The SQL Profiler tool is a graphical mechanism that enables you to monitor SQL Server events. This tool enables you to capture and save data about every event on a server. The data can be stored to a file or SQL Server table. You can later analyze stored data replay events. This allows for the scheduling of the Profiler or other execution for deferred analysis, when time permits.
You should use SQL Profiler to monitor only the events of interest. Monitoring all events on the server produces so much data that it can become overwhelming. You can filter large traces so that you view only the information you want to see, such as a single database or single user. You can use filters to view a subset of the event data captured. Monitoring too many events also adds excessive overhead to the server. This overhead can slow the monitoring process and cause the large amounts of output from the trace to create a file or table that is large. This is particularly important when you are performing monitoring over long periods.
It is a good idea not to run the SQL Server Profiler on the same server you are monitoring. Running the Profiler uses considerable resources, and that can noticeably affect the server's performance. Instead, you should run Profiler on another server or workstation that can act as a monitoring machine and have all data collected there.
SQL Profiler is a useful tool that you can use to do the following:
In troubleshooting the SQL Server environment, you typically use SQL Profiler. You can best use this tool to find queries that are not performing well or ones that are executing for long periods. Profiler is also useful in identifying causes of data blocking and deadlock situations. In monitoring a healthy server, you generally use SQL Profiler to monitor performance and to audit application, user, database, and job activity.
Caution! Profiler can affect overall database performance, sometimes significantly, so you should use it sparingly and remember to turn it off as soon as it has captured the necessary information.
Before you start using Profiler, you should become familiar with profile templates. A template defines the criteria for each event you want to monitor with SQL Profiler. You can use predefined templates for individual circumstances, and you can create your own templates as well, specifying the events, data columns, and filters to use. You can save a template, and at any time, you can load a trace and then start it with the template settings. To help identify long-running queries, you use Profiler's Create Trace Wizard to run the TSQL_Duration template. You can specify the length of the long-running queries you are trying to identify and then have them recorded in a log.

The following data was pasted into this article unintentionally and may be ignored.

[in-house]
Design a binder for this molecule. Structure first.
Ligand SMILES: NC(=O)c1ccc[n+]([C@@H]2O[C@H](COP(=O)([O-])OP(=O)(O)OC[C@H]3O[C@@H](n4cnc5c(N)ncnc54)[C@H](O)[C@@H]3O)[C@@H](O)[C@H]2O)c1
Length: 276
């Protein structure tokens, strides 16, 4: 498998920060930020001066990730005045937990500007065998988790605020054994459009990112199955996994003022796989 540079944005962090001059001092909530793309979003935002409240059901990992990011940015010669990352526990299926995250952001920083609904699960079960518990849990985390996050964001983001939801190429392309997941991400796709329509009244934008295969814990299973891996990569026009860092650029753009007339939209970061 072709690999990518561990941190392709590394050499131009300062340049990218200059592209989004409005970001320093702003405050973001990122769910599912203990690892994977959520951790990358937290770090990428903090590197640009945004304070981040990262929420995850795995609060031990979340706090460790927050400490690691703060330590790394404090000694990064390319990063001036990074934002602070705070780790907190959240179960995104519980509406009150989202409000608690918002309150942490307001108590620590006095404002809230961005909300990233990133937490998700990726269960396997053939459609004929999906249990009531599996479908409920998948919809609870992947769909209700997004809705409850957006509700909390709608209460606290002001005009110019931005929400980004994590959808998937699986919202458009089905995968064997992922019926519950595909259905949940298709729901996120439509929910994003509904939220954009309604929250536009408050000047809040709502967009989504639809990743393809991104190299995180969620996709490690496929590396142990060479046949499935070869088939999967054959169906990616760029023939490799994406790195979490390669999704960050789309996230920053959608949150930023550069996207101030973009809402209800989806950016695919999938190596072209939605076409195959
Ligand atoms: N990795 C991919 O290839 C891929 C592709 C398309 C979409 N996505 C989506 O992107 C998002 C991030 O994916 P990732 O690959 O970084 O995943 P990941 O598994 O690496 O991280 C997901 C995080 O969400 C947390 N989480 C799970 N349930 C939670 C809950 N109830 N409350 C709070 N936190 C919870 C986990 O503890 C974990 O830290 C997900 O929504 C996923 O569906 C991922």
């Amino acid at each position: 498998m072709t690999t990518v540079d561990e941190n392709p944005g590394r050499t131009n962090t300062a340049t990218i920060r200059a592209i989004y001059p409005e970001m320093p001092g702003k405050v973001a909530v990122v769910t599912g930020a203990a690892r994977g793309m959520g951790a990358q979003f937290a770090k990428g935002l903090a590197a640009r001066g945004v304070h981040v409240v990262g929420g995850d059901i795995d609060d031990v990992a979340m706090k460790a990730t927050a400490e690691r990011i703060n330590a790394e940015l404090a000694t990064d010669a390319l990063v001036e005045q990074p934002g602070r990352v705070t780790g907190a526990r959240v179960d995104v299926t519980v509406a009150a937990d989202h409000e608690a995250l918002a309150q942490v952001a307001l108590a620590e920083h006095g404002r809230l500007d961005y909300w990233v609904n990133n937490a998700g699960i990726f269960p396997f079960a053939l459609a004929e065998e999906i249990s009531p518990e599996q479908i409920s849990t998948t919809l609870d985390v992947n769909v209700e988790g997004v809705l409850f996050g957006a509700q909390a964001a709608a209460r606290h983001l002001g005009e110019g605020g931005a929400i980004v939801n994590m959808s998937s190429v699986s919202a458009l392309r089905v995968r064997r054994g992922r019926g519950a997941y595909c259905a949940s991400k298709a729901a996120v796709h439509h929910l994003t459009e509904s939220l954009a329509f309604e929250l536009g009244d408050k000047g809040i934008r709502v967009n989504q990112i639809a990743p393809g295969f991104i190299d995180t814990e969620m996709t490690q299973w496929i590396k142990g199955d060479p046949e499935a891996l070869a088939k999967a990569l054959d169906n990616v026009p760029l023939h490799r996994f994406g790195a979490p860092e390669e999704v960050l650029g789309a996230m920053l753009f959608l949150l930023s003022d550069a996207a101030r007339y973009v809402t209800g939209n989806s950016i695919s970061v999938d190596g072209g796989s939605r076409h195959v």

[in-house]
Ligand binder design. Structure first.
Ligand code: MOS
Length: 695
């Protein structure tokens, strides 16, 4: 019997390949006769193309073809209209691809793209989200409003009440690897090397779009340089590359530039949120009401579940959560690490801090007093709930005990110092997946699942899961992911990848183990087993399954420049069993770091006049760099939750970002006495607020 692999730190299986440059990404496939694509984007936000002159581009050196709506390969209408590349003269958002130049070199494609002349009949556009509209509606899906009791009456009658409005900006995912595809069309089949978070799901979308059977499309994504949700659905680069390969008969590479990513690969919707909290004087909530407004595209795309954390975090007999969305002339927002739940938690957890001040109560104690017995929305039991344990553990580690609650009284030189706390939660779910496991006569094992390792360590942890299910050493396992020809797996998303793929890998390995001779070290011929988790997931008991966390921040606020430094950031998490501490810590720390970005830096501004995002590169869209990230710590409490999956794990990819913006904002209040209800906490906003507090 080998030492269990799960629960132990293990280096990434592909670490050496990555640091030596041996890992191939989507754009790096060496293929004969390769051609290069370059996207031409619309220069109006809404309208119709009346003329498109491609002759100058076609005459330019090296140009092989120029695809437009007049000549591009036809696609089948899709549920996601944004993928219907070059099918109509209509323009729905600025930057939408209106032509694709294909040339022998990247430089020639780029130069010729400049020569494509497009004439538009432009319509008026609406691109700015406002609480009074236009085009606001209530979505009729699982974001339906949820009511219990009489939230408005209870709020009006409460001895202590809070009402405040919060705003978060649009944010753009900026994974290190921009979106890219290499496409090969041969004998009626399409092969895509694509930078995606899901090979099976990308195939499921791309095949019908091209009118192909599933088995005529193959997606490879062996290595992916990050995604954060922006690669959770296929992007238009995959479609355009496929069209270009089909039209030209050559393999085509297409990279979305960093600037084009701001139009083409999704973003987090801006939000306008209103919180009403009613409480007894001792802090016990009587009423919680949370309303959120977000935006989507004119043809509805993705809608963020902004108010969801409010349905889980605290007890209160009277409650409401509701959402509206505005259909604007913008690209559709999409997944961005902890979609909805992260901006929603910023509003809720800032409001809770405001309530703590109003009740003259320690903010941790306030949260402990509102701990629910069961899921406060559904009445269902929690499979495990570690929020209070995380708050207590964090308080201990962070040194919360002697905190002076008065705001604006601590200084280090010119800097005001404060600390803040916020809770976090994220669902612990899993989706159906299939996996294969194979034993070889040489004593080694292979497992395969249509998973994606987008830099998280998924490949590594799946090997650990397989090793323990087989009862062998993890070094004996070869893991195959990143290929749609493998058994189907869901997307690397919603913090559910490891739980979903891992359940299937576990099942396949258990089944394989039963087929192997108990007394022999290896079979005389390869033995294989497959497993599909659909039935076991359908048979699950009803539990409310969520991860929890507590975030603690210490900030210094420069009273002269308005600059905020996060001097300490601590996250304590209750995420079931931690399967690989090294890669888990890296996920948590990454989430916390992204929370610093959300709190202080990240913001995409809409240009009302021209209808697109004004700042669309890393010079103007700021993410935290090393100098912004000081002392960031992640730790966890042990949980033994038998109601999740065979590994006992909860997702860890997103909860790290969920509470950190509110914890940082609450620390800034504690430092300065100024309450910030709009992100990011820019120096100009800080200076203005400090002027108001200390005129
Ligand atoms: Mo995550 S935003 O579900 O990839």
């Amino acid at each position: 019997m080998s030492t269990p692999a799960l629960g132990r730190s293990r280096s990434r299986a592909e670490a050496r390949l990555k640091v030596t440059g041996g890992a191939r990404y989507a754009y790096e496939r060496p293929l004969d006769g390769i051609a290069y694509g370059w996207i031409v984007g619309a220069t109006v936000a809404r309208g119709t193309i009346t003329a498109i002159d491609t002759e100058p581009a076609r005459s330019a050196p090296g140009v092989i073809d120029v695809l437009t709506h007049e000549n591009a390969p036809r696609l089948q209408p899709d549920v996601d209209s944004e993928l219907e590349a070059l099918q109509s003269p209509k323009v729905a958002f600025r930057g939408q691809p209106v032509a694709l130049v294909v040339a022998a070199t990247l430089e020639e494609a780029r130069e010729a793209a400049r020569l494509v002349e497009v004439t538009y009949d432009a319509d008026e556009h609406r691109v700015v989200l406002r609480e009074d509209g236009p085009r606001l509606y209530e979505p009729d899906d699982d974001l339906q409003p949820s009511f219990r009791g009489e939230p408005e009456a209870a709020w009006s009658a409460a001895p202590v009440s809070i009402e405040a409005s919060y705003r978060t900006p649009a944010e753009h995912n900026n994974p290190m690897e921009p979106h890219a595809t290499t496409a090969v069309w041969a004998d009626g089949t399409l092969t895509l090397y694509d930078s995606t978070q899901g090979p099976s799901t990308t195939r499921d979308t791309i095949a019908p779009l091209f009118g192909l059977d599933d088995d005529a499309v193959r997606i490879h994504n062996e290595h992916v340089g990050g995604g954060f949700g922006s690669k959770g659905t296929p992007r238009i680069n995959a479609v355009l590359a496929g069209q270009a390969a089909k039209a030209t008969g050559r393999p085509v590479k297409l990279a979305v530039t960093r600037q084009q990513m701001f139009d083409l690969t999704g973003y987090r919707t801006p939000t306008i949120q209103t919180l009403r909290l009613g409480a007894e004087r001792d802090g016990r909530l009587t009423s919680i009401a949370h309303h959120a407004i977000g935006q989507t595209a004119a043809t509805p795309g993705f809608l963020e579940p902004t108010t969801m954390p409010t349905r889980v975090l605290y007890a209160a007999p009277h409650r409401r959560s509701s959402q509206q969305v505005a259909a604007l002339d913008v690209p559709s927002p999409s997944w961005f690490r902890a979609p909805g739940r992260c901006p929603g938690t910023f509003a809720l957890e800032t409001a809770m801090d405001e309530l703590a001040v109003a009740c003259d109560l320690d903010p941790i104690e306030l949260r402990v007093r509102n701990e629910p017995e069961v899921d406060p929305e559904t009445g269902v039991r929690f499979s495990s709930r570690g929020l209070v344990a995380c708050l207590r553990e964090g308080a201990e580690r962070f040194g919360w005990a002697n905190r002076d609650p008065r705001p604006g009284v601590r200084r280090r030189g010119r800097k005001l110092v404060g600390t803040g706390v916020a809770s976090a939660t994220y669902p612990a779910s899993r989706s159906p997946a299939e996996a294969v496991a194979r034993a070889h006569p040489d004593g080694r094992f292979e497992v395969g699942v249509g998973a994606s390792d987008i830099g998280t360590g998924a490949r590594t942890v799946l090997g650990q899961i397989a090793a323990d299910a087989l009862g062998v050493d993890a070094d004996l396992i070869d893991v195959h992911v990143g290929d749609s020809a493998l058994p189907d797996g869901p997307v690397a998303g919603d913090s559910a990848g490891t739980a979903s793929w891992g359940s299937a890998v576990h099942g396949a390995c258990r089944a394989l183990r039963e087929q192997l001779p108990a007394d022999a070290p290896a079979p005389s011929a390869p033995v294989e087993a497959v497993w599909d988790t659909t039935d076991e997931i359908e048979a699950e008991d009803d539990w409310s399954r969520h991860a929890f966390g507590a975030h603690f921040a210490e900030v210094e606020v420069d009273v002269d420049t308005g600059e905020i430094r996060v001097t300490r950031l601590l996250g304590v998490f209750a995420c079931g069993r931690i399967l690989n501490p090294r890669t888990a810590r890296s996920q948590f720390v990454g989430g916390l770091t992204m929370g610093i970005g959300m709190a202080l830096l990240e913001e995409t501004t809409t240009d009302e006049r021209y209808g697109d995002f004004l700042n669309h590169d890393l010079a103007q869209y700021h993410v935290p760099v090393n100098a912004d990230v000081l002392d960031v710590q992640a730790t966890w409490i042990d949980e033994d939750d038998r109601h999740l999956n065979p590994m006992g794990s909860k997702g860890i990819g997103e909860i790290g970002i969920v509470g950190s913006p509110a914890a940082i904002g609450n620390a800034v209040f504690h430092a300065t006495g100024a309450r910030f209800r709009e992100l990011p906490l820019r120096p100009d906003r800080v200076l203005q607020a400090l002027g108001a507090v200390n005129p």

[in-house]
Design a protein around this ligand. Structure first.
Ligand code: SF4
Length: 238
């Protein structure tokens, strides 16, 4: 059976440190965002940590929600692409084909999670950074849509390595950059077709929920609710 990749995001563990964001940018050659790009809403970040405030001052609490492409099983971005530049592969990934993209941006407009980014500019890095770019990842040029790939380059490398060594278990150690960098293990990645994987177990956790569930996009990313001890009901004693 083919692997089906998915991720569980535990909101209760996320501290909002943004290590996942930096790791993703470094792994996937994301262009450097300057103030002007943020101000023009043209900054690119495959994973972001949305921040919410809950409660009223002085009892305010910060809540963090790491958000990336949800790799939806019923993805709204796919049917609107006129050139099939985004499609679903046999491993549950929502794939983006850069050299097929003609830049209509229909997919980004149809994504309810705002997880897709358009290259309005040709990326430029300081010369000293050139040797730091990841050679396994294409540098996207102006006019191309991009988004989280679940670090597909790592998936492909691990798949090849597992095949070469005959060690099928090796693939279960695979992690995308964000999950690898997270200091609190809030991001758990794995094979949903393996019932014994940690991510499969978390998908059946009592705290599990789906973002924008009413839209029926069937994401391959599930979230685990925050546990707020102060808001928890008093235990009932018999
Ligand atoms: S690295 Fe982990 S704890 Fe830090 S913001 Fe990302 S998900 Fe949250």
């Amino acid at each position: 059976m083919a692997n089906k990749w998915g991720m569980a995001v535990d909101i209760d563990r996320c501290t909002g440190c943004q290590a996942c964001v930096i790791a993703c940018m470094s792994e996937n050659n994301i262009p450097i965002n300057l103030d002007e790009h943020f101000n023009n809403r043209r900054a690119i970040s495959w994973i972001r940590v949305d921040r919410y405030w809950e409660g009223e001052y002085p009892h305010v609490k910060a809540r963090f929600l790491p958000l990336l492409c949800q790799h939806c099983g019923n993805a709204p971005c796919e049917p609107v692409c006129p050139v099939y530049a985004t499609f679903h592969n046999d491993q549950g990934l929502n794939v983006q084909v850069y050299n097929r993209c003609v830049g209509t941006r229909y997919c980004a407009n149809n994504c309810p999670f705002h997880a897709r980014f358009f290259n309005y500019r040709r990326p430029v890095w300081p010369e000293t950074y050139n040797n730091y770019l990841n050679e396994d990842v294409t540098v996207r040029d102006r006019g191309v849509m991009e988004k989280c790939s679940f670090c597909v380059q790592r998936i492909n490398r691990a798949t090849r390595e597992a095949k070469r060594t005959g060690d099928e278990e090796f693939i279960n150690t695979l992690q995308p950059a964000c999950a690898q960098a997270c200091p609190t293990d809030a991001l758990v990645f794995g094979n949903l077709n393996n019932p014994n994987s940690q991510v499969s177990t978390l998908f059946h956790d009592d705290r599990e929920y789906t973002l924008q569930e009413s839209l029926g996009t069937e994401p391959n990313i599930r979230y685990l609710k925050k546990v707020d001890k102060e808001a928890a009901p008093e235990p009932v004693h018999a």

SQL Profiler captures data by using a trace based on the selected events, data columns, and filters. The trace is the basis for all data collected; you can define a trace on an ad hoc basis, draw a trace from a template, or a combination of the two. Even after you have defined the data collected, you can apply filters to the data after it is captured to focus on the type of information you want. You might therefore want to save traces even after you are finished with the current activity. You can possibly apply a past trace to various circumstances.
At times, when monitoring with Profiler, you may find the amount of data provided to be considerable and possibly overwhelming. It can be difficult to find what you are looking for in a trace that covers a broad range of events. A useful technique that can ease this process is to write a trace to a SQL Server table and then query the table from within the Query Analyzer. If you know what you are looking for, this method can greatly speed up finding the data in the trace you need.
Profiler can store captured data in a text file or in a table. If you decide to store the data in a SQL Server table, you should not store it in a database you are profiling, and, if possible, not even on the same server because it could affect the performance of the server you are profiling. Instead, you should store the trace data in a database on another server. After data is captured (which is the easy part of the process), you must sift through the data collected to draw some meaning from the results.
Profiler can use many existing templates to gather information for various types of circumstances. You might want to select some of them to see what information is being gathered. After a trace is created, it is permanently stored until it is deleted. You can start a trace again by name through the Profiler interface or via a stored procedure.
To use the output generated by a trace, you must first determine what type of data you are most interested in from the trace. The next section describes how to get the most valuable information from the trace results.
On the 70-431 exam, you might be expected to select the correct event classes and objects, given a specific scenario. Ensure that you are familiar with the classifications of the Profiler trace objects and under what circumstances you would select them. By viewing the objects selected for each of the default templates, you can familiarize yourself with these choices.